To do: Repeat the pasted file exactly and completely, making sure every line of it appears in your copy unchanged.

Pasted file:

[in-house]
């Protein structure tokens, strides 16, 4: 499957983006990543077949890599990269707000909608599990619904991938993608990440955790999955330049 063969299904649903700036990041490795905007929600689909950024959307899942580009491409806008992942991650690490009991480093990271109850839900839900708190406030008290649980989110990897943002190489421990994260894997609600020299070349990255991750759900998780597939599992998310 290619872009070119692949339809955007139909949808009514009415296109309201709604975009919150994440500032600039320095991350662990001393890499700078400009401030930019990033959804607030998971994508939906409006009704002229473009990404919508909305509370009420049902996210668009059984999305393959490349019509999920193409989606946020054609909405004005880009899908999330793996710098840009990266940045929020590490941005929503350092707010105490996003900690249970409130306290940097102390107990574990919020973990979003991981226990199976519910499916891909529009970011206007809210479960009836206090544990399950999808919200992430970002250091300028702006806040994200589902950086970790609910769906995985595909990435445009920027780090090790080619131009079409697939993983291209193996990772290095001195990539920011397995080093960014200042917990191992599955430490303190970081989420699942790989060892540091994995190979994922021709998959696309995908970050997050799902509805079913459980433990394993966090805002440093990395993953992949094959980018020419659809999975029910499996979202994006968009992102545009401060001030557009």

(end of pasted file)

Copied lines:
[in-house]
């Protein structure tokens, strides 16, 4: 499957983006990543077949890599990269707000909608599990619904991938993608990440955790999955330049 063969299904649903700036990041490795905007929600689909950024959307899942580009491409806008992942991650690490009991480093990271109850839900839900708190406030008290649980989110990897943002190489421990994260894997609600020299070349990255991750759900998780597939599992998310 290619872009070119692949339809955007139909949808009514009415296109309201709604975009919150994440500032600039320095991350662990001393890499700078400009401030930019990033959804607030998971994508939906409006009704002229473009990404919508909305509370009420049902996210668009059984999305393959490349019509999920193409989606946020054609909405004005880009899908999330793996710098840009990266940045929020590490941005929503350092707010105490996003900690249970409130306290940097102390107990574990919020973990979003991981226990199976519910499916891909529009970011206007809210479960009836206090544990399950999808919200992430970002250091300028702006806040994200589902950086970790609910769906995985595909990435445009920027780090090790080619131009079409697939993983291209193996990772290095001195990539920011397995080093960014200042917990191992599955430490303190970081989420699942790989060892540091994995190979994922021709998959696309995908970050997050799902509805079913459980433990394993966090805002440093990395993953992949094959980018020419659809999975029910499996979202994006968009992102545009401060001030557009």